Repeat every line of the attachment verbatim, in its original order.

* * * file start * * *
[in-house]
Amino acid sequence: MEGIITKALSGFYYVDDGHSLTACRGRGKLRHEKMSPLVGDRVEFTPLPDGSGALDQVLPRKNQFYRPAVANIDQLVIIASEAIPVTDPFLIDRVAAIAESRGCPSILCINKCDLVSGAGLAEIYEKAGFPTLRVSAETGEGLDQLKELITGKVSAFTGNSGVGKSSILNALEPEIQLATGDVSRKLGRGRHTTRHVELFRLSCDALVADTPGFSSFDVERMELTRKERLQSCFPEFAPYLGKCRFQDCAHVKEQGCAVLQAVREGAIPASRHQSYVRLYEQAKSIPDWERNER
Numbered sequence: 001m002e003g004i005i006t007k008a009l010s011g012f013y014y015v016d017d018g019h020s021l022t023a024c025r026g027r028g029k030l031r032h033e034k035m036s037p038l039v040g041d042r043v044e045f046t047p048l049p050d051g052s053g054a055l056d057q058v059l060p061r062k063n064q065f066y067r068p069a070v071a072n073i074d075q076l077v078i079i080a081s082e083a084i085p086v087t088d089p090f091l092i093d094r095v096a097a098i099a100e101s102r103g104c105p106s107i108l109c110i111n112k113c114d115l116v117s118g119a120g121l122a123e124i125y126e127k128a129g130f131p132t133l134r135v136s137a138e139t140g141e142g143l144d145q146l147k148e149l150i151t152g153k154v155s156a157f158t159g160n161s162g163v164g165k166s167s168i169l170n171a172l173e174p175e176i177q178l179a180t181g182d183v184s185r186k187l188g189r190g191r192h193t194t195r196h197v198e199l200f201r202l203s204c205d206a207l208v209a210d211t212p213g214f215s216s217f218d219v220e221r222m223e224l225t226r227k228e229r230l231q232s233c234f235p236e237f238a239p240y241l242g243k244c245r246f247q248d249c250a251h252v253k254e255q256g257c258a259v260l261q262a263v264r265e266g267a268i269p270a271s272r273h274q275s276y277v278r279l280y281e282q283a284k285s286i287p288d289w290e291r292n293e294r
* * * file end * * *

[in-house]
Amino acid sequence: MEGIITKALSGFYYVDDGHSLTACRGRGKLRHEKMSPLVGDRVEFTPLPDGSGALDQVLPRKNQFYRPAVANIDQLVIIASEAIPVTDPFLIDRVAAIAESRGCPSILCINKCDLVSGAGLAEIYEKAGFPTLRVSAETGEGLDQLKELITGKVSAFTGNSGVGKSSILNALEPEIQLATGDVSRKLGRGRHTTRHVELFRLSCDALVADTPGFSSFDVERMELTRKERLQSCFPEFAPYLGKCRFQDCAHVKEQGCAVLQAVREGAIPASRHQSYVRLYEQAKSIPDWERNER
Numbered sequence: 001m002e003g004i005i006t007k008a009l010s011g012f013y014y015v016d017d018g019h020s021l022t023a024c025r026g027r028g029k030l031r032h033e034k035m036s037p038l039v040g041d042r043v044e045f046t047p048l049p050d051g052s053g054a055l056d057q058v059l060p061r062k063n064q065f066y067r068p069a070v071a072n073i074d075q076l077v078i079i080a081s082e083a084i085p086v087t088d089p090f091l092i093d094r095v096a097a098i099a100e101s102r103g104c105p106s107i108l109c110i111n112k113c114d115l116v117s118g119a120g121l122a123e124i125y126e127k128a129g130f131p132t133l134r135v136s137a138e139t140g141e142g143l144d145q146l147k148e149l150i151t152g153k154v155s156a157f158t159g160n161s162g163v164g165k166s167s168i169l170n171a172l173e174p175e176i177q178l179a180t181g182d183v184s185r186k187l188g189r190g191r192h193t194t195r196h197v198e199l200f201r202l203s204c205d206a207l208v209a210d211t212p213g214f215s216s217f218d219v220e221r222m223e224l225t226r227k228e229r230l231q232s233c234f235p236e237f238a239p240y241l242g243k244c245r246f247q248d249c250a251h252v253k254e255q256g257c258a259v260l261q262a263v264r265e266g267a268i269p270a271s272r273h274q275s276y277v278r279l280y281e282q283a284k285s286i287p288d289w290e291r292n293e294r